"I have too much confidence in these two guys," the San Francisco Giants skipper said. "We're in April here. I've seen some good things and both of them are close. I don't think there's an option that's going to make the staff better."
On Wednesday afternoon, Peavy was facing Cincinnati, a club he had dominated during his career, going 7-0 with a 2.38 ERA over 12 starts.
But, Peavy struggled.
In the second inning, Peavy allowed three home runs, including a solo shot by Brandon Phillips and two-run blasts by Eugenio Suarez and Zack Cozart in a 7-4 Reds' win.
Peavy later gave up a fourth home run, and the seven runs allowed caused his ERA to balloon to 9.85.
Peavy had allowed only three homers total in 12 prior starts against Cincinnati. The four homers allowed on Wednesday tied his career high.
Slow starts are not uncommon for the 34-year-old right-hander, who since 2014 is 2-14 with a 5.18 ERA prior to the All-Star break but 14-7 with a 2.94 ERA in the second half.
But, this year's struggles seem different. Opponents were hitting .382 against him prior to Wednesday, the highest opponent's batting average in the major leagues.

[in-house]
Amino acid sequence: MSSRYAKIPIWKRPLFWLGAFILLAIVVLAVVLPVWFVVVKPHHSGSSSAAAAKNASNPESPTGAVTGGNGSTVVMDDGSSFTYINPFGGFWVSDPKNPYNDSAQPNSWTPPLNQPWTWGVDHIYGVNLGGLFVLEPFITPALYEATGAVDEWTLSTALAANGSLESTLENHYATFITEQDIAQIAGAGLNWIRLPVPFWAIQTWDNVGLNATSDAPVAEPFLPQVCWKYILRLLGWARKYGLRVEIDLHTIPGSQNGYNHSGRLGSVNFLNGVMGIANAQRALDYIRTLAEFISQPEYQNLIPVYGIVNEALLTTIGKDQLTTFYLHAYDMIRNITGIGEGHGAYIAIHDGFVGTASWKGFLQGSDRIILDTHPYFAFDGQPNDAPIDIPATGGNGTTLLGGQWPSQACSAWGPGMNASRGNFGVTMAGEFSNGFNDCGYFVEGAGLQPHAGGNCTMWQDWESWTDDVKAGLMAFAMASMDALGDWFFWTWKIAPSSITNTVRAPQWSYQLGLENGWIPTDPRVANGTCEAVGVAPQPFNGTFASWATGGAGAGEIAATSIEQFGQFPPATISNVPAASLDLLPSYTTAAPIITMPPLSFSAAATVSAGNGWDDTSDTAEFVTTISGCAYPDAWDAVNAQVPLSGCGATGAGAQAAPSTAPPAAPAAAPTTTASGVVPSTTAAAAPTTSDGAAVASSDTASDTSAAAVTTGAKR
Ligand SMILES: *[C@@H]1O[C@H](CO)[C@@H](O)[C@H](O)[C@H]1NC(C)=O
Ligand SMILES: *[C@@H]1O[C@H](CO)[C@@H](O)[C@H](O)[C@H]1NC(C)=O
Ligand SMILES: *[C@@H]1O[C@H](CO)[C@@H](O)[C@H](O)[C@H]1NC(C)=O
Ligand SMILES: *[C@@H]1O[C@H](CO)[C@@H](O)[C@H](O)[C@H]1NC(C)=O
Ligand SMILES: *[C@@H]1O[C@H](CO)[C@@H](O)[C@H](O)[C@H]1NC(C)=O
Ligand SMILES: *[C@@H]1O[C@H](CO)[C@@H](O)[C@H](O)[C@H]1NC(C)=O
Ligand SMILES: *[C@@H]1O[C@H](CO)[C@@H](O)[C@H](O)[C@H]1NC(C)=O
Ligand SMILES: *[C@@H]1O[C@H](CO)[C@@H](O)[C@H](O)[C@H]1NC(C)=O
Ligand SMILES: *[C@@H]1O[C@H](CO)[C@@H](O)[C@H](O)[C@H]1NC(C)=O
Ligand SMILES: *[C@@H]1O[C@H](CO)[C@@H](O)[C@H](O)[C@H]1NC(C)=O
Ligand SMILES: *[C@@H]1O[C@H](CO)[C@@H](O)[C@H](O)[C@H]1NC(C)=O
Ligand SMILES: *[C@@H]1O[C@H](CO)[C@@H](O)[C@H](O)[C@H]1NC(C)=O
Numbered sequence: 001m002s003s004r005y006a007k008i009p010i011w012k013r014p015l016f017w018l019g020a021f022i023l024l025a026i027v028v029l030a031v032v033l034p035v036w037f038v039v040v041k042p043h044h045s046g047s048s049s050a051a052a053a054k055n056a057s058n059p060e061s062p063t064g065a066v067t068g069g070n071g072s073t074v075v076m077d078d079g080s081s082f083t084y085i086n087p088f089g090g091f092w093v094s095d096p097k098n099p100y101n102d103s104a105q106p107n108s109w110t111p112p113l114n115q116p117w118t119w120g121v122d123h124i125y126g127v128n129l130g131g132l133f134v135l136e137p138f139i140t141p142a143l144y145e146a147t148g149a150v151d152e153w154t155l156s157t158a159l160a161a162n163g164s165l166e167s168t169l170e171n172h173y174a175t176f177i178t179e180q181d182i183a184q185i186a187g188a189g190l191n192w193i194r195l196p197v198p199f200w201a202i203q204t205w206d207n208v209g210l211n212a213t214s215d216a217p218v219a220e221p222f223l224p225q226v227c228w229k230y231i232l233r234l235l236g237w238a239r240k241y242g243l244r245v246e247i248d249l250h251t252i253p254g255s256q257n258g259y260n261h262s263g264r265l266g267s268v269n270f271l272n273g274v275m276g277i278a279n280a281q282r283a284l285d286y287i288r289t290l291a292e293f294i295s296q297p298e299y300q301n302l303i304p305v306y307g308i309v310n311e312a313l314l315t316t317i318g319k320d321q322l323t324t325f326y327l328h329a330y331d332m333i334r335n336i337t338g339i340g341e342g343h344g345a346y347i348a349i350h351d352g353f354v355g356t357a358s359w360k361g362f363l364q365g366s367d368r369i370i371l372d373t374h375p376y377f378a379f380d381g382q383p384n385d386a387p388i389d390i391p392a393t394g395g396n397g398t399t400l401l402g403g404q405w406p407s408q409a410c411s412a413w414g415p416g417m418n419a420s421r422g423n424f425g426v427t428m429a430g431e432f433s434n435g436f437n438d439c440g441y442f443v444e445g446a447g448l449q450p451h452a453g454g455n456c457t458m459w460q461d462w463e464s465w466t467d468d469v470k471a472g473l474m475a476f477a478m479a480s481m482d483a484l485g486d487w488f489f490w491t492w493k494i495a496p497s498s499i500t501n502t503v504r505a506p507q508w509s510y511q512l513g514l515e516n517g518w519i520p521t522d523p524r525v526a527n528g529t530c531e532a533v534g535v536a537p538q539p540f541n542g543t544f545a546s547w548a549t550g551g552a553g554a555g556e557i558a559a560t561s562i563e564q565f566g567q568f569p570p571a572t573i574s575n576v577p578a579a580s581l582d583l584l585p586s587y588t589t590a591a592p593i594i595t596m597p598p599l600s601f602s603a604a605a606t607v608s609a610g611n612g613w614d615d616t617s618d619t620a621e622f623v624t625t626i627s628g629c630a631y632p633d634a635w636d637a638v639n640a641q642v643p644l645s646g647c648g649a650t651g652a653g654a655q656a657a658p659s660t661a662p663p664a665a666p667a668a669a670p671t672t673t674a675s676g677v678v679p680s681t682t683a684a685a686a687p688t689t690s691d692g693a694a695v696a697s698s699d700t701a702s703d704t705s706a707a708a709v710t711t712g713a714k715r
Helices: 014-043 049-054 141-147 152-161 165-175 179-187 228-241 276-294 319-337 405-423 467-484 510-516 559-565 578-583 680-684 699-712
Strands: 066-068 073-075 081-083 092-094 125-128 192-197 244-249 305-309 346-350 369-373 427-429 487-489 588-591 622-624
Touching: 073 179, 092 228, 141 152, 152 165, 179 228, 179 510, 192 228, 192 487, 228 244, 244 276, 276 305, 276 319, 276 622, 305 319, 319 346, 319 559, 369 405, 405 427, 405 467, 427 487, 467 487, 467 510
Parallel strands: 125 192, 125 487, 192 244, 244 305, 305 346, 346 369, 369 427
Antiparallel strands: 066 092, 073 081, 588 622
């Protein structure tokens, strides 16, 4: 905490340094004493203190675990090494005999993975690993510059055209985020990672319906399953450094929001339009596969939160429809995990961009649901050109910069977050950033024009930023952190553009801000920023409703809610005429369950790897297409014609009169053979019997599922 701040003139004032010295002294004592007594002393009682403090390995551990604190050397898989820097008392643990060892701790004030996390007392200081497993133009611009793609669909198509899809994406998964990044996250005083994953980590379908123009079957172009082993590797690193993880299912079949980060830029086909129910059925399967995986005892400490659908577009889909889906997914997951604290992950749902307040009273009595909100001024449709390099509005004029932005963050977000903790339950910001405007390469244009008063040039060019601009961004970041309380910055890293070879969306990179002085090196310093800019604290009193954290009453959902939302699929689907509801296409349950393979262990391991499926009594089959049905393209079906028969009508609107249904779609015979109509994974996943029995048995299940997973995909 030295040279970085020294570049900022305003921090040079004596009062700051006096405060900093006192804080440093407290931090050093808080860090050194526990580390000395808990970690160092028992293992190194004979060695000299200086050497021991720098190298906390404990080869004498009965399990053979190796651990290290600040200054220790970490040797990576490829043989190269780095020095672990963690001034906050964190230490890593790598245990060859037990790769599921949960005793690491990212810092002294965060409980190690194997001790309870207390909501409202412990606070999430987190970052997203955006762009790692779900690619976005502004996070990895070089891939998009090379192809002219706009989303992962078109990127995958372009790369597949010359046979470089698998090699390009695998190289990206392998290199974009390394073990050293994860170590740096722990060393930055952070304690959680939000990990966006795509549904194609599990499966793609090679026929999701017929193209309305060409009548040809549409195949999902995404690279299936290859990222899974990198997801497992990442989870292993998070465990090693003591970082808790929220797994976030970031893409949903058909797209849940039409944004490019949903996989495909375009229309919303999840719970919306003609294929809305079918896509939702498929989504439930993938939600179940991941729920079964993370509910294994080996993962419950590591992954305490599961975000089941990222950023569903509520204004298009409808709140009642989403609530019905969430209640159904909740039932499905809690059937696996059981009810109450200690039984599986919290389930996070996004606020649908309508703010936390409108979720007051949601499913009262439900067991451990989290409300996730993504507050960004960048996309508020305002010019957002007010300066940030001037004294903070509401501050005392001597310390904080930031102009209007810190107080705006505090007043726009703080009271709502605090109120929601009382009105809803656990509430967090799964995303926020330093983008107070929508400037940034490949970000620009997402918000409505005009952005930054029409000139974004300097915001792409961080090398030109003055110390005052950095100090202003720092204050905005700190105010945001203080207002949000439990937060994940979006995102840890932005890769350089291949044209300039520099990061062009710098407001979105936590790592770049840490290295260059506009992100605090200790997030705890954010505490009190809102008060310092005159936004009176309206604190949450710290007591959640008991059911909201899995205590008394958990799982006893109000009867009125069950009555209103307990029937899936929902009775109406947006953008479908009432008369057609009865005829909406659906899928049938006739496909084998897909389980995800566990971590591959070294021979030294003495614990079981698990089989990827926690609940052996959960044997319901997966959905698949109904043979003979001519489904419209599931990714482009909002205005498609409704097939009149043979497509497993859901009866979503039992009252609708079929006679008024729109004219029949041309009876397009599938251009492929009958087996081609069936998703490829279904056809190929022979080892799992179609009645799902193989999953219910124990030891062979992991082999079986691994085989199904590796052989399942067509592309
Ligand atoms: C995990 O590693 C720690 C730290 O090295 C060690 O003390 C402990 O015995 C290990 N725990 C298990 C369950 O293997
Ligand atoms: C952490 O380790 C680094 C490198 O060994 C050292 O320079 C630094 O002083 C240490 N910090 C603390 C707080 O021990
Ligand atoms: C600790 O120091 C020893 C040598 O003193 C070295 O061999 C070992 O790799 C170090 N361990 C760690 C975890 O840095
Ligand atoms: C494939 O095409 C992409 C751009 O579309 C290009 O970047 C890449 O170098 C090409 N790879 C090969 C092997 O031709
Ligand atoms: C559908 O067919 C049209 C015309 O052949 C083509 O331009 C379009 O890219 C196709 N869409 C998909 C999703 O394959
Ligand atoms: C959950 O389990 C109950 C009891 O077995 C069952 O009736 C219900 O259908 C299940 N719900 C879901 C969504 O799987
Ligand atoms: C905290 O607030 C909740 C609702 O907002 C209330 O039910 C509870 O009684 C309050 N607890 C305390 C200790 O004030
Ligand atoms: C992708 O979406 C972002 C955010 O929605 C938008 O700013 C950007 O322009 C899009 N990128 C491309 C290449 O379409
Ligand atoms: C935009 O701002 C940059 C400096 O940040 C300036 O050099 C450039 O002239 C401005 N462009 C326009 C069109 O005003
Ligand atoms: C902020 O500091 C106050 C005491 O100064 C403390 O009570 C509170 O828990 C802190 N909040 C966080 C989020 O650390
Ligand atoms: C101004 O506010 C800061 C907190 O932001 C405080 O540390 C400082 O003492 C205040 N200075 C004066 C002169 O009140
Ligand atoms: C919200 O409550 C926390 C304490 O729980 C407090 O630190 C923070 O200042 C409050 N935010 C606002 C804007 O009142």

"Location. He'll tell you that," said Bochy when asked about the source of Peavy's struggles. "His ball was up a lot. Over his last two or three innings, he was hitting spots and mixing in his changeup."
The three homers in the third inning Wednesday were breaking pitches that hung up in the zone. Peavy is pleased with his pitches, just not the execution.
"The swing-and-miss stuff looks fine, to the point of punching out eight (Wednesday)," Peavy said.
But, the drop off after them is massive. Bochy's confident that they, in particular Peavy, will bounce back.
"He's as tough as there is," said Bochy. "He's hard on himself, harder than anybody. He's been through it before. He went through it last year. The old adage is it's not how you start, it's how you finish. He'll get it right and get on a roll here."